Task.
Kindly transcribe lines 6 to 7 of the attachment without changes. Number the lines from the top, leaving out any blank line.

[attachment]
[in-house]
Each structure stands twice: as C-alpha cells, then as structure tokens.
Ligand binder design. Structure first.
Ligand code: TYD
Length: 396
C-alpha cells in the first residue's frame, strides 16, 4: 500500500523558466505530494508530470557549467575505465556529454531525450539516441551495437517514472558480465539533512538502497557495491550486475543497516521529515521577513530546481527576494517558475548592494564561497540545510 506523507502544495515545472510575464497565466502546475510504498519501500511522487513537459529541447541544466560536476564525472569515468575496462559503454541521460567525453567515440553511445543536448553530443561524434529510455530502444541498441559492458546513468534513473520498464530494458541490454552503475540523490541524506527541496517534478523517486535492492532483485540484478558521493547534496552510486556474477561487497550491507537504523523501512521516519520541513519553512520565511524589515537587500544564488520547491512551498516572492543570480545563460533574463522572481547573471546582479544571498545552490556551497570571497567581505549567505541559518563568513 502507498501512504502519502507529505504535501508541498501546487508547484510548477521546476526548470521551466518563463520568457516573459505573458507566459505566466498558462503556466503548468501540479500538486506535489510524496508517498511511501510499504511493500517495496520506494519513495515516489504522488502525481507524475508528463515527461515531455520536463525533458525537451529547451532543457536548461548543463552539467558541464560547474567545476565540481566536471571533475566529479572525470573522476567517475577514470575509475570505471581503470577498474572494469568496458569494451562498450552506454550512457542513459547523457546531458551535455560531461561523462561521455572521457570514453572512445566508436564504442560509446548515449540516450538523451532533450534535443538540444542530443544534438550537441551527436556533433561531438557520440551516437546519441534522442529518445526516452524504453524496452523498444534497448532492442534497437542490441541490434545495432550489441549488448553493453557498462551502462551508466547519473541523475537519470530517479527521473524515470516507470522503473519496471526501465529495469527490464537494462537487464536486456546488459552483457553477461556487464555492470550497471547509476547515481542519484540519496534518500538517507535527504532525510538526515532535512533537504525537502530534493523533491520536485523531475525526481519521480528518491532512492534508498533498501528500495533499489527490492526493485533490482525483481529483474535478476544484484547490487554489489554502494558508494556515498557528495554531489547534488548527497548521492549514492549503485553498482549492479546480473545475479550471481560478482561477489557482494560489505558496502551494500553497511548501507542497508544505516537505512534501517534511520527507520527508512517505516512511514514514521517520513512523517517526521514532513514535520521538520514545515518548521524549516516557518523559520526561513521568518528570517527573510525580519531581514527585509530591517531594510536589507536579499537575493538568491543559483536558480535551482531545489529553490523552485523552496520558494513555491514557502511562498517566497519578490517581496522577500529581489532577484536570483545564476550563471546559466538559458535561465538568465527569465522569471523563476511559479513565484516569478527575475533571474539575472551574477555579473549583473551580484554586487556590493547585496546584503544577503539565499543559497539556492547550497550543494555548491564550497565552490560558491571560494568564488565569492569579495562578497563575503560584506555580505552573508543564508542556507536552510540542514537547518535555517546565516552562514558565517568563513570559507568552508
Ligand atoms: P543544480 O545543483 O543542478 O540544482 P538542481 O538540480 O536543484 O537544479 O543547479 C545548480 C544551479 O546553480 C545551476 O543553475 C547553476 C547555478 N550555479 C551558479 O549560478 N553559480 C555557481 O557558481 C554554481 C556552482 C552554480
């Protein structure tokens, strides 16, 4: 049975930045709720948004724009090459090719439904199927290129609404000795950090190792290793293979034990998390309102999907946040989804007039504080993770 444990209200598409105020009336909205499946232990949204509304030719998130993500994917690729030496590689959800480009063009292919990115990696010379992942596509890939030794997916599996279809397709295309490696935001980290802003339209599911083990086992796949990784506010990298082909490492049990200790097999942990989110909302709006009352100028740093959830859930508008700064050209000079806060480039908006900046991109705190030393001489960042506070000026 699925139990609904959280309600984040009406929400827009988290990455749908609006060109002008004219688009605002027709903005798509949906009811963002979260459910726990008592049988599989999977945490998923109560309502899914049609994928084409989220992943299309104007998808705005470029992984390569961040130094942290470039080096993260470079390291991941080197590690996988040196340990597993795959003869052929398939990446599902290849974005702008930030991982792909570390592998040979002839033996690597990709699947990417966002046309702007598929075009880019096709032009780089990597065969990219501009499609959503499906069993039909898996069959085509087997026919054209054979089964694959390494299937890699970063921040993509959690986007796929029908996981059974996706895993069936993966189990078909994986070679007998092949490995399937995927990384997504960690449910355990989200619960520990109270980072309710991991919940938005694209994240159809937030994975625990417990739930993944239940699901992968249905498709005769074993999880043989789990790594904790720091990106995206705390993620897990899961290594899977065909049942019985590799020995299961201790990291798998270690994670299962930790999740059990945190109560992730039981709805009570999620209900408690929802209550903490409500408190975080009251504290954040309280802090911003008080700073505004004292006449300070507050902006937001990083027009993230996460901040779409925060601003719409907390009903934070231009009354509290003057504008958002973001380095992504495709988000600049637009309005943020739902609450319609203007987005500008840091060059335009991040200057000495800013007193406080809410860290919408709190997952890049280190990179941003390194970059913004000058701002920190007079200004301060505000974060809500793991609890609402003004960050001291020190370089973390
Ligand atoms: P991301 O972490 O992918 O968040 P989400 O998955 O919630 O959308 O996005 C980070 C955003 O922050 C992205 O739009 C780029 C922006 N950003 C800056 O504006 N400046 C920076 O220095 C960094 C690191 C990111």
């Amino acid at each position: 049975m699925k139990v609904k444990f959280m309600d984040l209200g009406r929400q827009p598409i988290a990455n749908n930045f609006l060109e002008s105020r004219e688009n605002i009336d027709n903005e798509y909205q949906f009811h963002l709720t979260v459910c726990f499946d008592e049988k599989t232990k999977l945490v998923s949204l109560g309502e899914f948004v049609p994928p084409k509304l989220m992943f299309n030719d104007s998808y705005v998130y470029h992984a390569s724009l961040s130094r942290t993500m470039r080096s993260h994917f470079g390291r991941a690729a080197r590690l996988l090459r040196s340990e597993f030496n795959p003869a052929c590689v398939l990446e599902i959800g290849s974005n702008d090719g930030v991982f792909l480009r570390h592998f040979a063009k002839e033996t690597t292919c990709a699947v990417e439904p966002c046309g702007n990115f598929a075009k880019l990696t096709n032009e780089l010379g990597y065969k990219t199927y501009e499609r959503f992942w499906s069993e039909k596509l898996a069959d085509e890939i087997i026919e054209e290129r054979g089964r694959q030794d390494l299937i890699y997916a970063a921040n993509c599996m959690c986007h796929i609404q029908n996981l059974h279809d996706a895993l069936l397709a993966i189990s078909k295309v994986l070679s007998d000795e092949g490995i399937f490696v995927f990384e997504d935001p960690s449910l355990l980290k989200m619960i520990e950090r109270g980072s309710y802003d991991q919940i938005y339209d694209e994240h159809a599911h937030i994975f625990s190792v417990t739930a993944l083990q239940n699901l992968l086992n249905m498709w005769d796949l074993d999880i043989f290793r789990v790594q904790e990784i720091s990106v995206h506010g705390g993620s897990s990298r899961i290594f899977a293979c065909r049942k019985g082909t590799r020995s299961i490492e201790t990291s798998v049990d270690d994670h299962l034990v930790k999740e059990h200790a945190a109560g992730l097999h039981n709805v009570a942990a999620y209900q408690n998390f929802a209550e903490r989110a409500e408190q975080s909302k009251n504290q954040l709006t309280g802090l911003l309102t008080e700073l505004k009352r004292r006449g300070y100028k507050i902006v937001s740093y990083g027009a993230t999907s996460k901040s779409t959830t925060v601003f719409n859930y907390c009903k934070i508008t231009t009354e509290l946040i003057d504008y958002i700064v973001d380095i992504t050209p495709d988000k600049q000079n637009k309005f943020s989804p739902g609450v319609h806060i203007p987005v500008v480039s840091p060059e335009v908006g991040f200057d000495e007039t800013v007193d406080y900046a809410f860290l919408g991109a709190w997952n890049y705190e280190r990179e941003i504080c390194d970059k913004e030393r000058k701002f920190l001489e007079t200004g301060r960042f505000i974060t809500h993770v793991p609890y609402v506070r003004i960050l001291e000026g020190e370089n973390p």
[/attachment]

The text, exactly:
C-alpha cells in the first residue's frame, strides 16, 4: 500500500523558466505530494508530470557549467575505465556529454531525450539516441551495437517514472558480465539533512538502497557495491550486475543497516521529515521577513530546481527576494517558475548592494564561497540545510 506523507502544495515545472510575464497565466502546475510504498519501500511522487513537459529541447541544466560536476564525472569515468575496462559503454541521460567525453567515440553511445543536448553530443561524434529510455530502444541498441559492458546513468534513473520498464530494458541490454552503475540523490541524506527541496517534478523517486535492492532483485540484478558521493547534496552510486556474477561487497550491507537504523523501512521516519520541513519553512520565511524589515537587500544564488520547491512551498516572492543570480545563460533574463522572481547573471546582479544571498545552490556551497570571497567581505549567505541559518563568513 502507498501512504502519502507529505504535501508541498501546487508547484510548477521546476526548470521551466518563463520568457516573459505573458507566459505566466498558462503556466503548468501540479500538486506535489510524496508517498511511501510499504511493500517495496520506494519513495515516489504522488502525481507524475508528463515527461515531455520536463525533458525537451529547451532543457536548461548543463552539467558541464560547474567545476565540481566536471571533475566529479572525470573522476567517475577514470575509475570505471581503470577498474572494469568496458569494451562498450552506454550512457542513459547523457546531458551535455560531461561523462561521455572521457570514453572512445566508436564504442560509446548515449540516450538523451532533450534535443538540444542530443544534438550537441551527436556533433561531438557520440551516437546519441534522442529518445526516452524504453524496452523498444534497448532492442534497437542490441541490434545495432550489441549488448553493453557498462551502462551508466547519473541523475537519470530517479527521473524515470516507470522503473519496471526501465529495469527490464537494462537487464536486456546488459552483457553477461556487464555492470550497471547509476547515481542519484540519496534518500538517507535527504532525510538526515532535512533537504525537502530534493523533491520536485523531475525526481519521480528518491532512492534508498533498501528500495533499489527490492526493485533490482525483481529483474535478476544484484547490487554489489554502494558508494556515498557528495554531489547534488548527497548521492549514492549503485553498482549492479546480473545475479550471481560478482561477489557482494560489505558496502551494500553497511548501507542497508544505516537505512534501517534511520527507520527508512517505516512511514514514521517520513512523517517526521514532513514535520521538520514545515518548521524549516516557518523559520526561513521568518528570517527573510525580519531581514527585509530591517531594510536589507536579499537575493538568491543559483536558480535551482531545489529553490523552485523552496520558494513555491514557502511562498517566497519578490517581496522577500529581489532577484536570483545564476550563471546559466538559458535561465538568465527569465522569471523563476511559479513565484516569478527575475533571474539575472551574477555579473549583473551580484554586487556590493547585496546584503544577503539565499543559497539556492547550497550543494555548491564550497565552490560558491571560494568564488565569492569579495562578497563575503560584506555580505552573508543564508542556507536552510540542514537547518535555517546565516552562514558565517568563513570559507568552508
Ligand atoms: P543544480 O545543483 O543542478 O540544482 P538542481 O538540480 O536543484 O537544479 O543547479 C545548480 C544551479 O546553480 C545551476 O543553475 C547553476 C547555478 N550555479 C551558479 O549560478 N553559480 C555557481 O557558481 C554554481 C556552482 C552554480